The vinyl LPs in my basement and CD collection upstairs represent a significant investment as well as source of enjoyment. Over the years, our kids have acquired – or had acquired for them – books on disc and other music. I’ve been using an Iomega Home Network Drive to act as a central location for this music and this was fine. Until we recently upgraded all of our Windows XP computers (3) to Windows 7 Home Premium. Suddenly, the music was no longer there.
I won’t retread the long and dusty road for why Windows 7 doesn’t seem to support Iomega. I’m not sure I entirely understand, although it’s not really Windows’ fault. I have had similar problems in Ubuntu accessing this Iomega drive. The reality is that you can access it by mapping a network drive to the IP address and folder you want to use. Once mapped, you can browse. If you don’t map the drive, then browsing spits back an error. This is both on the Windows and Ubuntu systems.
But this didn’t make Windows Media Player 12 happy, and you can’t downgrade to Windows Media Player 11 either. Even if you show WMP 12 where the music is on the mapped drive, it won’t add it to the music library. In this case, it’s not a problem with the drive, it’s the software.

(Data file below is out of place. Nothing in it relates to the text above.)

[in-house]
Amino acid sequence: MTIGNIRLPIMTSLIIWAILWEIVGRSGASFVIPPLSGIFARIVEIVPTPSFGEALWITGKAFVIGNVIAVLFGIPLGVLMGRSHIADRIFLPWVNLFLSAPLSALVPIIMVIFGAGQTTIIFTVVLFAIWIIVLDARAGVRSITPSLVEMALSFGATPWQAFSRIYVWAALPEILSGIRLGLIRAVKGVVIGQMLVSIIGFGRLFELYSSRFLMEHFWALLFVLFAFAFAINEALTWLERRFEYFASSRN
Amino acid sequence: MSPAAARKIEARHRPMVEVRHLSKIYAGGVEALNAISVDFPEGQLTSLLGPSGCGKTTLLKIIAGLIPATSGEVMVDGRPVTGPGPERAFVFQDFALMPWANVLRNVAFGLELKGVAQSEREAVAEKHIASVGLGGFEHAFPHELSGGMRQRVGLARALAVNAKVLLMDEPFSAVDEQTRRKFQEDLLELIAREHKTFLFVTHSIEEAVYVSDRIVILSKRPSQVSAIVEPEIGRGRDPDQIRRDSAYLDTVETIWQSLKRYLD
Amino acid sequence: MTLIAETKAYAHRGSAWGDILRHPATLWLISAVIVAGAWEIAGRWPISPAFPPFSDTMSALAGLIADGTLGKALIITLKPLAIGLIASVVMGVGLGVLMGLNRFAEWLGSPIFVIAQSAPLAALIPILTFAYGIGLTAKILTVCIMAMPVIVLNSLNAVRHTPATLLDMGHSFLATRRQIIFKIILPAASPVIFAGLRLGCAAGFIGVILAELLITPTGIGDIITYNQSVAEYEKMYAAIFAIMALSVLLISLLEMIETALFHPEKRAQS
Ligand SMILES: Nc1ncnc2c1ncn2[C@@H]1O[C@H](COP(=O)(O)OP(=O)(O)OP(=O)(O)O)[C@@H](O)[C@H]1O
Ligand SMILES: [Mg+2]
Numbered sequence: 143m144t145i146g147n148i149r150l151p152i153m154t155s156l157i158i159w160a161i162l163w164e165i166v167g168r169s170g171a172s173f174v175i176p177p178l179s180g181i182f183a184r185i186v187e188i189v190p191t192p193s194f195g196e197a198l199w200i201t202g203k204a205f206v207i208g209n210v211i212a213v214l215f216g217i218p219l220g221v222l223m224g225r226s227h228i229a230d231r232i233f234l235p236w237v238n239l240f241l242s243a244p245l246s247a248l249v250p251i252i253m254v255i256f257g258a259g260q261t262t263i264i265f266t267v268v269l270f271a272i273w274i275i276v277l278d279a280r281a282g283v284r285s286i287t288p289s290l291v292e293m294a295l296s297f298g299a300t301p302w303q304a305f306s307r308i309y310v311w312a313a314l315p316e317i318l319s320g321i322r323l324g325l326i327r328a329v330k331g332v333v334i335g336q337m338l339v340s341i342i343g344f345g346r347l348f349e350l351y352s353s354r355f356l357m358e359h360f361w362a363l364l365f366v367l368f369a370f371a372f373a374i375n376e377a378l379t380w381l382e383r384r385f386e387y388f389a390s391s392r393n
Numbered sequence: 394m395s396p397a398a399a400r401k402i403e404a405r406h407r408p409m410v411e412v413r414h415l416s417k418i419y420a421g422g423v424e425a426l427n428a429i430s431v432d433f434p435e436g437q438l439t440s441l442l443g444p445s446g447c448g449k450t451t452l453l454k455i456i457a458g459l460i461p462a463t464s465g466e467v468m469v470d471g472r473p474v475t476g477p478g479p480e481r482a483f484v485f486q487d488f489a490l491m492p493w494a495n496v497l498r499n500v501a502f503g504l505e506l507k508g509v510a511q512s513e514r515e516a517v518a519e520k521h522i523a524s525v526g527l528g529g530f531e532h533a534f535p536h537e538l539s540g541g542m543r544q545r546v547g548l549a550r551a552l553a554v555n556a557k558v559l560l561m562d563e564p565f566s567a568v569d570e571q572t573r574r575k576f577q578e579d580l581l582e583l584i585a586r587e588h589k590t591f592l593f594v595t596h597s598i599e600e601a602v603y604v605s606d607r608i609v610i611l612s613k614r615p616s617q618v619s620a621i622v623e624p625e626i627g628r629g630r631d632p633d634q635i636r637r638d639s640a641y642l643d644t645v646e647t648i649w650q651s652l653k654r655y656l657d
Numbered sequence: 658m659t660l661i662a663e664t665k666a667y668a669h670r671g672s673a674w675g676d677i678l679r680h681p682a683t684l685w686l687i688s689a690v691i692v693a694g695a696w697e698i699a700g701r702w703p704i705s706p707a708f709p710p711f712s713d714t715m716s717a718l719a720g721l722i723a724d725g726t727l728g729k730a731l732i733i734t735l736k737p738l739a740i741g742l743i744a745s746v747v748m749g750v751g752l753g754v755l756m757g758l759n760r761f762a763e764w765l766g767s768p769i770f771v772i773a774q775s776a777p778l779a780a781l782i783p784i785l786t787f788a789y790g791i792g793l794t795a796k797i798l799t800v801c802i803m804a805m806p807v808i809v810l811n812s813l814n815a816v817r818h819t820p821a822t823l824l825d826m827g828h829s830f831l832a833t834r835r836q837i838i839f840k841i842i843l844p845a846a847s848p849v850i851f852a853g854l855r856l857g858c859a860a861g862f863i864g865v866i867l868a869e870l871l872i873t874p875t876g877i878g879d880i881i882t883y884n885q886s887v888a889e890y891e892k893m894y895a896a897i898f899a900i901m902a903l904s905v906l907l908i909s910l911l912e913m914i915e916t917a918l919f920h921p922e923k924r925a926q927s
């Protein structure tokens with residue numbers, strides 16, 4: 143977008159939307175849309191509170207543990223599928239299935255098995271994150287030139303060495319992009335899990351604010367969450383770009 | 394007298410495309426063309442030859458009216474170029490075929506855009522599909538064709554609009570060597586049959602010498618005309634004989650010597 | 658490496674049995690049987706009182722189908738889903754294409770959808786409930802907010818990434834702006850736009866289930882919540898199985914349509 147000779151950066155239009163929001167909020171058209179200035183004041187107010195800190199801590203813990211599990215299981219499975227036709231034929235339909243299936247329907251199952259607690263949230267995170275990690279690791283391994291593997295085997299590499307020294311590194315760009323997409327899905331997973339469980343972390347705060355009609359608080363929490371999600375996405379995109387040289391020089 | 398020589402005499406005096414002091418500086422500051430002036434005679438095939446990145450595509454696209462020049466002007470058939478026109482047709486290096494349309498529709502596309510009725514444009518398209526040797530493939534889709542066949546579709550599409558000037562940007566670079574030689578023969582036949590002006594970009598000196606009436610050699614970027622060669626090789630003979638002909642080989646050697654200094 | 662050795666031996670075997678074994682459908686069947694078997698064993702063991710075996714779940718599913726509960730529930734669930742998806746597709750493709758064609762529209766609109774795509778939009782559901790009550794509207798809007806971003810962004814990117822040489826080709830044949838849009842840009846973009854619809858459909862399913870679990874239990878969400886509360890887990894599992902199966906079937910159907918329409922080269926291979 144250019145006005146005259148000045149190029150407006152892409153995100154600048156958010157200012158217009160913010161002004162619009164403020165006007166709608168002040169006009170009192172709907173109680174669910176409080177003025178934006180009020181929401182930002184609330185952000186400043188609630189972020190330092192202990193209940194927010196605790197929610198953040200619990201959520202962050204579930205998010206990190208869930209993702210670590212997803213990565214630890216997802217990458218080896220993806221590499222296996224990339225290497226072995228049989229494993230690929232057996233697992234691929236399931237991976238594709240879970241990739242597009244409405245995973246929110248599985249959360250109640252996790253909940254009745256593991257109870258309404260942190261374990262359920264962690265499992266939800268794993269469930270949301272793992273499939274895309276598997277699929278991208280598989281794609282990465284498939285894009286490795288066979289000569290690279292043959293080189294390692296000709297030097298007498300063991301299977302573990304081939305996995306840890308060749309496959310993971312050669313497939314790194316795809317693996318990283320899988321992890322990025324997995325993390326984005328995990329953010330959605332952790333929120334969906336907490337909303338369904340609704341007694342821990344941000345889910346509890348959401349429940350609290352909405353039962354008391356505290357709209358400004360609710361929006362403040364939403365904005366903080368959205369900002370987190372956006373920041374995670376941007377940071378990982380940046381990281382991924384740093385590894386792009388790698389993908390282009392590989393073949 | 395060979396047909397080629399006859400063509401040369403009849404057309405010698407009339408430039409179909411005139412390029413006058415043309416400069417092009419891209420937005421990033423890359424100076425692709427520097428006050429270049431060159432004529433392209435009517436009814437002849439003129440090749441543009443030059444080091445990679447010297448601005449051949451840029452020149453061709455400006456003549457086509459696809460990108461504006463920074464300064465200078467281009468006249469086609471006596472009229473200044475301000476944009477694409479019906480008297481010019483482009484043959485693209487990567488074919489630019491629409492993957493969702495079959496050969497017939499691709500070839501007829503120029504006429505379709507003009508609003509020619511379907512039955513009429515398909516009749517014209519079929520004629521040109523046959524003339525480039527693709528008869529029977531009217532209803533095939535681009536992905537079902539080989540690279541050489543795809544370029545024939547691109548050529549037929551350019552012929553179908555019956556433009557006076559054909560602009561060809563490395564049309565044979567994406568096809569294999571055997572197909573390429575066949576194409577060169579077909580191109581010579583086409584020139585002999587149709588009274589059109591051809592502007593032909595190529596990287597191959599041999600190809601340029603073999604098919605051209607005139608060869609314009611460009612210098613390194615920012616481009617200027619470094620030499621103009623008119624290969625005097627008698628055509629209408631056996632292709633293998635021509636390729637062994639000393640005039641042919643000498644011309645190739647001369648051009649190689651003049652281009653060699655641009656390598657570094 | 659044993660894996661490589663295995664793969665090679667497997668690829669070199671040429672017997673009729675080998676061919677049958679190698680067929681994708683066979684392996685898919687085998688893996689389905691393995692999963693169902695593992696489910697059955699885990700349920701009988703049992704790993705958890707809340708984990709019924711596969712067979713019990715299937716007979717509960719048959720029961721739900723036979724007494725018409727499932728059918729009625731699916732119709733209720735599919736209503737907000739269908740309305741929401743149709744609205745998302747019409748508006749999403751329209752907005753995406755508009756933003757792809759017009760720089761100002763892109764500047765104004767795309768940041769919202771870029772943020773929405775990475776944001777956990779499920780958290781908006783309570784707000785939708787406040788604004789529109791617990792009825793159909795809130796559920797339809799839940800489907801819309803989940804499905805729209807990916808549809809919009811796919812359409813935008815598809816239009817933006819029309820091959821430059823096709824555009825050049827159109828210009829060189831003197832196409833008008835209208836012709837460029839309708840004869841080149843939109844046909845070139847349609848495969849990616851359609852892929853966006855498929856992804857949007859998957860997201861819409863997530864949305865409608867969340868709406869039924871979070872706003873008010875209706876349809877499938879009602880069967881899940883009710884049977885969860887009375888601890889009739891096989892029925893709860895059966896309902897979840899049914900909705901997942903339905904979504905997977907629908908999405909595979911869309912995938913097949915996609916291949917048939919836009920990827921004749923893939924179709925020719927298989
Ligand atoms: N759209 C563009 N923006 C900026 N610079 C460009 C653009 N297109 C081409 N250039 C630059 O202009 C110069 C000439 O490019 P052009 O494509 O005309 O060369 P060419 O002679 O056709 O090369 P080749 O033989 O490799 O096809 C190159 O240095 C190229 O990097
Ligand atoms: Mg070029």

I came across this tip the other night and it seems to have mostly solved the issue for me. In Linux, most users would be familiar with the concept of symbolic links but I had never come across them in Windows. You may be familiar with Windows shortcuts, which are pointers from one folder or location to a file in another folder or location. Deleting the shortcut does not affect the file. Symbolic links work the same way, except that they are shortcuts to folders. The instructions tell you how to open a terminal as root (administrator) on Windows 7 and use the mklink utility built into Windows to fool Windows Media Player into thinking that the network drive is actually local.
This may be the crux. Home Premium, the upper end of the home consumer versions, may have been sufficiently crippled by Microsoft that this is a feature in Pro or Ultimate versions of Windows 7. It’s hard to tell; it certainly doesn’t make any sense when there are a lot of home media networked resources for sale.
To be honest, I had moved on. I tried the free Winamp player but the features I really wanted were in the Pro version. I have settled on Songbird because it seems to be the most reliable. It also has a fantastic Android music player app. While the symbolic link may enable you to get access to your music through Windows Media Player 7, it may still be worthwhile looking at a player like Songbird that doesn’t require those contortions.